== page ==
The federal government has been cracking down on fraud and abuse of the home care system for some time, and that means there are issues causing agencies and other providers some confusion and frustration. One of the issues that has arisen of late is the fact that some agencies are denying services for men and women who rely on Medicare support.
In most cases, these agencies are claiming the services needed will not be covered by Medicare, such as would be the case for an individual diagnosed with a serious medical condition who is unable to care for himself or herself. This common belief is often rooted in these new federal guidelines and regulations that are causing confusion among agencies.
As noted by Kaiser Health News, in their blog, Home Care Agencies Often Wrongly Deny Medicare Help [t]o [t]he Chronically Ill, written by Susan Jaffe:
“The former computer systems manager has Medicare coverage because of his disability, but no fewer than 14 home health care providers have told him he can’t use it to pay for their services.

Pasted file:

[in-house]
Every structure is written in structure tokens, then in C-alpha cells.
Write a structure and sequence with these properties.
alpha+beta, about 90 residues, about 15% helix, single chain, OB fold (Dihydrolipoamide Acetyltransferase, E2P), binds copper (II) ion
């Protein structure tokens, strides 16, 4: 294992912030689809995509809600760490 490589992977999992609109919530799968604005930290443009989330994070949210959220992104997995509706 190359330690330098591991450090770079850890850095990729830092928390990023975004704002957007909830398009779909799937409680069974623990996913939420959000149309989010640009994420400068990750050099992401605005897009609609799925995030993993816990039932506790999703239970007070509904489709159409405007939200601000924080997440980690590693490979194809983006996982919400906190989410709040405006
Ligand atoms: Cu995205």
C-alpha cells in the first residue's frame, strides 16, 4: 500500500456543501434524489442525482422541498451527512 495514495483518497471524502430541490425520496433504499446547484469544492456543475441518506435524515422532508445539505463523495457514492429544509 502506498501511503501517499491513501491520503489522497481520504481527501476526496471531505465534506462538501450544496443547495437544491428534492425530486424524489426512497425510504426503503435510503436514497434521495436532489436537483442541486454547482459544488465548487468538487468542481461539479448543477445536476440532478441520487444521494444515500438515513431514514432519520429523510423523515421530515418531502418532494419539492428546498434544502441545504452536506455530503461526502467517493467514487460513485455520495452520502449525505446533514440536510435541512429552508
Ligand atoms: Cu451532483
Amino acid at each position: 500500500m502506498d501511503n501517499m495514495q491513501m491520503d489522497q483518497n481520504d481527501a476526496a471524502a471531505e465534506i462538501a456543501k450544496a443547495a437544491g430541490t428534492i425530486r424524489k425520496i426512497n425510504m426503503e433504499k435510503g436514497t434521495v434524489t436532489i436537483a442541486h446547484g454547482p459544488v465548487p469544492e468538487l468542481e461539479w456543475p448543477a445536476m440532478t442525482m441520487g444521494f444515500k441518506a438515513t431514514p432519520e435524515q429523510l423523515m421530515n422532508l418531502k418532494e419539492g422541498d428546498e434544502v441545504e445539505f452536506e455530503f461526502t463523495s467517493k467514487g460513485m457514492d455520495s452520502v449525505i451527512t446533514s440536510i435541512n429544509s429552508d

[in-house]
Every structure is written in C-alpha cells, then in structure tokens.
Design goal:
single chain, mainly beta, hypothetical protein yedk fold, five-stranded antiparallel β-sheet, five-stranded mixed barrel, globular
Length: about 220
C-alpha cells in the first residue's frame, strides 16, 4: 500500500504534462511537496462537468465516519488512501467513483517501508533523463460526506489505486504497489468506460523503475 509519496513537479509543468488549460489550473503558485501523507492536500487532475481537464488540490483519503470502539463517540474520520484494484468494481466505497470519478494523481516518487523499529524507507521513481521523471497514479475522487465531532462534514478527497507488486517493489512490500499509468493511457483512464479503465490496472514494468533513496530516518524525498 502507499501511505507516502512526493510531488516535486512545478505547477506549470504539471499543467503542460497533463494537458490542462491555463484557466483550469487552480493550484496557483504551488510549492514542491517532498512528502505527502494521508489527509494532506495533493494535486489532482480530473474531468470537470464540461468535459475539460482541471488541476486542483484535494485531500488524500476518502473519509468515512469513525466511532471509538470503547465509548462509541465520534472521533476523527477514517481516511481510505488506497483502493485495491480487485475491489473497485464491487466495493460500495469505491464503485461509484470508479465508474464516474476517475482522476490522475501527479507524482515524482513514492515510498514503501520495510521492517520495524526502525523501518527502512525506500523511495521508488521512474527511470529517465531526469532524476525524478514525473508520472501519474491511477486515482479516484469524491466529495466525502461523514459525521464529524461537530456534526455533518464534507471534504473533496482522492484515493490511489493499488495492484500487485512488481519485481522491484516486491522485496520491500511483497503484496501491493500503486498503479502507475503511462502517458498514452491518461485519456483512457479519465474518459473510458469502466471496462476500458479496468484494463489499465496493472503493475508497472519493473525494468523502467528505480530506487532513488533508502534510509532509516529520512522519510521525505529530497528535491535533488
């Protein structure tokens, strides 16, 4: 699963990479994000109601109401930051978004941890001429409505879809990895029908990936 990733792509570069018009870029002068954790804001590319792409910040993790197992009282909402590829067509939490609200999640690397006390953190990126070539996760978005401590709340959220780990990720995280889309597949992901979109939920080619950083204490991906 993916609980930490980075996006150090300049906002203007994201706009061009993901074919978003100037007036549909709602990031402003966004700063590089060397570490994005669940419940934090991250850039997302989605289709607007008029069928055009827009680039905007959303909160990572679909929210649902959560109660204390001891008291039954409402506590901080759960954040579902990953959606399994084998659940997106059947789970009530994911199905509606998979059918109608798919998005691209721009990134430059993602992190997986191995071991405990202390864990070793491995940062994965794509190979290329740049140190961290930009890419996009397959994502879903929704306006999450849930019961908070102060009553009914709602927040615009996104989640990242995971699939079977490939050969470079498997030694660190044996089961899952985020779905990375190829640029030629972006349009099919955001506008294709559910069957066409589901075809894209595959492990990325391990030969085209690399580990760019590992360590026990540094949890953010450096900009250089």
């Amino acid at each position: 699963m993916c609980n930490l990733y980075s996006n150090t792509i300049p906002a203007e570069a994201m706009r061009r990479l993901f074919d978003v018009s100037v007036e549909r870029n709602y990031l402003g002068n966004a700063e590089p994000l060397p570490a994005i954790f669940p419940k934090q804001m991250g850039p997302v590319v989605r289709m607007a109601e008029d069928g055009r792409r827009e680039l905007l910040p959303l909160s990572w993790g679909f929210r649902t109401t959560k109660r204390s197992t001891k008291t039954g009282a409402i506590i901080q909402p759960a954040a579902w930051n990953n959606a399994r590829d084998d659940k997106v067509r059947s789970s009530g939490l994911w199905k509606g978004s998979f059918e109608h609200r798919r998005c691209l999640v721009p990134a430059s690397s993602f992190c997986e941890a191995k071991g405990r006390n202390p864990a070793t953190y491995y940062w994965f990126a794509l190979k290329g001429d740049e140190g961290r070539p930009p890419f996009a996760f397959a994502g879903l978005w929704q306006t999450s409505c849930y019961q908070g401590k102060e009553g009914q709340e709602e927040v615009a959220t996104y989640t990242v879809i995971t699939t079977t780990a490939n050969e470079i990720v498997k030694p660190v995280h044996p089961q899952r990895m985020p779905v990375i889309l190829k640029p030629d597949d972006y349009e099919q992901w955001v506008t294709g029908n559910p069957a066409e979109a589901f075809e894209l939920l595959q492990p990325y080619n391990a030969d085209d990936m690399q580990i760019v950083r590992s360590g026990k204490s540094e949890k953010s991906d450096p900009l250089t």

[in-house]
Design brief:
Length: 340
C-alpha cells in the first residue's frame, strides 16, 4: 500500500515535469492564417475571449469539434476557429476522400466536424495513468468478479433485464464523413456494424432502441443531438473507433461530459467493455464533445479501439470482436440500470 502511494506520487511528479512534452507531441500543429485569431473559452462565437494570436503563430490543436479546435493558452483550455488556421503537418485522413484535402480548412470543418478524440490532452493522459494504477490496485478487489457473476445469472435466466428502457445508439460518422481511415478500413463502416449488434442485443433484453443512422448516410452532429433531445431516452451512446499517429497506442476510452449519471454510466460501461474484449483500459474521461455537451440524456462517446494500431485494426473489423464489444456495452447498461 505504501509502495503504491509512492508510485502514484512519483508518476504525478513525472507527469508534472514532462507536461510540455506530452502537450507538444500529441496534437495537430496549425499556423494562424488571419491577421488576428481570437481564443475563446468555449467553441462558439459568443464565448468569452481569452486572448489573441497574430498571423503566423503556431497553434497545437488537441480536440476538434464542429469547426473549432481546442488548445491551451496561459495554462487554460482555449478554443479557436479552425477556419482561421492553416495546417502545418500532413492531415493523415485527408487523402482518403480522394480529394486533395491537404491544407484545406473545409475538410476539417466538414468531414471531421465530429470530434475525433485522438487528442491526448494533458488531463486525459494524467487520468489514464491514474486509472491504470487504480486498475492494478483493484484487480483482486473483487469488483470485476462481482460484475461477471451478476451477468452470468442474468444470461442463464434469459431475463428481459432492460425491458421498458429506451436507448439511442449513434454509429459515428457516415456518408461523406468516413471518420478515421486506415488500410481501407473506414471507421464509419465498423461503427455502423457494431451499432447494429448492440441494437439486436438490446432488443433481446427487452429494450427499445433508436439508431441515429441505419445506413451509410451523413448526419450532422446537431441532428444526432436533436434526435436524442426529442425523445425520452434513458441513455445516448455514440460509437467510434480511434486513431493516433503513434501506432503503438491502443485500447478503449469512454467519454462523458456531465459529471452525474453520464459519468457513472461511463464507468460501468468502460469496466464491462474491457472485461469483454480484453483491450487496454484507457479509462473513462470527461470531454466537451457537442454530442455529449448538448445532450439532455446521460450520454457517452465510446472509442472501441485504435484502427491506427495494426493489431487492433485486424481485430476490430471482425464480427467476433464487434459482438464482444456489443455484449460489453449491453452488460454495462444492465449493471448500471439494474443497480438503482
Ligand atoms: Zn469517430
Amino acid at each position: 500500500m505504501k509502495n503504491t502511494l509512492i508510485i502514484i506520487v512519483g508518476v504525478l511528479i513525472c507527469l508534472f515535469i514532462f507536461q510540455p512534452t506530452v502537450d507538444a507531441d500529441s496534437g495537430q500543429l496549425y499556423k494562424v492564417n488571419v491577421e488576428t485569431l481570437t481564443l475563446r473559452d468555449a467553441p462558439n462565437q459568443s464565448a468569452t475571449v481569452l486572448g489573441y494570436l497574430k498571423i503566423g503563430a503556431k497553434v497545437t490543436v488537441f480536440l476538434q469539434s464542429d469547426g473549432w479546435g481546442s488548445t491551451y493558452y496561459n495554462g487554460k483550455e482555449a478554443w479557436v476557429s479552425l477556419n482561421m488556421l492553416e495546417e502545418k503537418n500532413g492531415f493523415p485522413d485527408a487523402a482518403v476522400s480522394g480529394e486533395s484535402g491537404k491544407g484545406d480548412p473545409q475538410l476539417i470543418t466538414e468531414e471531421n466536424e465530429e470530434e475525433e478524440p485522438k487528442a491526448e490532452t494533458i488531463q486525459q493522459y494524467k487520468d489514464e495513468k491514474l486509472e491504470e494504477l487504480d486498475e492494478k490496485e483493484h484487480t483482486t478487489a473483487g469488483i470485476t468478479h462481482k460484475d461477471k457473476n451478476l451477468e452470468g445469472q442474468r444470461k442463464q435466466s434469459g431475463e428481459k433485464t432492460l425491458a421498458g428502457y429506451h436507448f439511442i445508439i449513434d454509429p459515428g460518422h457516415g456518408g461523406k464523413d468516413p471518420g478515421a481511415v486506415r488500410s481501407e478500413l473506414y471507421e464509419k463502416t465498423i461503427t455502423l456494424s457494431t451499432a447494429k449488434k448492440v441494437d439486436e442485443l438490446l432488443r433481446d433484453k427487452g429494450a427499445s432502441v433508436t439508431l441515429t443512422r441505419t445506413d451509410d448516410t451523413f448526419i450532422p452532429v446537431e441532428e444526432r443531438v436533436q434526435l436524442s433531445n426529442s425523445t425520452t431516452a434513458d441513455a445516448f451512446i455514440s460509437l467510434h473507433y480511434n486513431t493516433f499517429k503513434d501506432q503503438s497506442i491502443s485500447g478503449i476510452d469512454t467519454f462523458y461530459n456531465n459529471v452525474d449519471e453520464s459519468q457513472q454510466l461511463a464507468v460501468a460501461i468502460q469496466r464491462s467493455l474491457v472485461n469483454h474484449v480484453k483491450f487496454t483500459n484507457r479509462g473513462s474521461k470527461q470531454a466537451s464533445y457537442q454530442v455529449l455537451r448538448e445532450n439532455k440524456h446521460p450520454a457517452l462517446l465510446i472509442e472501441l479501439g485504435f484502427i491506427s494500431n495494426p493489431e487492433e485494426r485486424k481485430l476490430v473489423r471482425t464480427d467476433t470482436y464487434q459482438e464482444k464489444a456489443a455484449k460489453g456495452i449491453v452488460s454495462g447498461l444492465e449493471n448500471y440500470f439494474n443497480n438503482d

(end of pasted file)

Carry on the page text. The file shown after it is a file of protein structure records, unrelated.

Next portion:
That’s an incorrect but common belief. Medicare does cover home care services for patients who qualify, but incentives intended to combat fraud and reward high quality care are driving some home health agencies to avoid taking on long-term patients such as Campbell, who have debilitating conditions that won’t get better, according to advocates for seniors and the home care industry. Rule changes that took effect this month could make the problem worse.”
If agencies are gearing up to focus more on short-term clients, then this could be leaving those who need long-term care struggling to find adequate support. The trouble may be brewing due to changes the federal government is making to help combat fraud and abuse of the system, but as many home care advocates have claimed during these past few years, many of the changes are confusing and place an inordinate burden on the agencies themselves, which is forcing them out of the service of those men and women relying on Medicare and Medicaid strictly due to cost factors.
If it costs more to handle an influx of paperwork and services that are required and provided are then being denied reimbursement later on, this could be a major contributing factor to the dilemma at hand. While seniors and others certainly need to be well-informed regarding what is covered by Medicare and Medicaid, agencies also need to be certain regarding the services that will be covered and that may require more clarification at the federal level.
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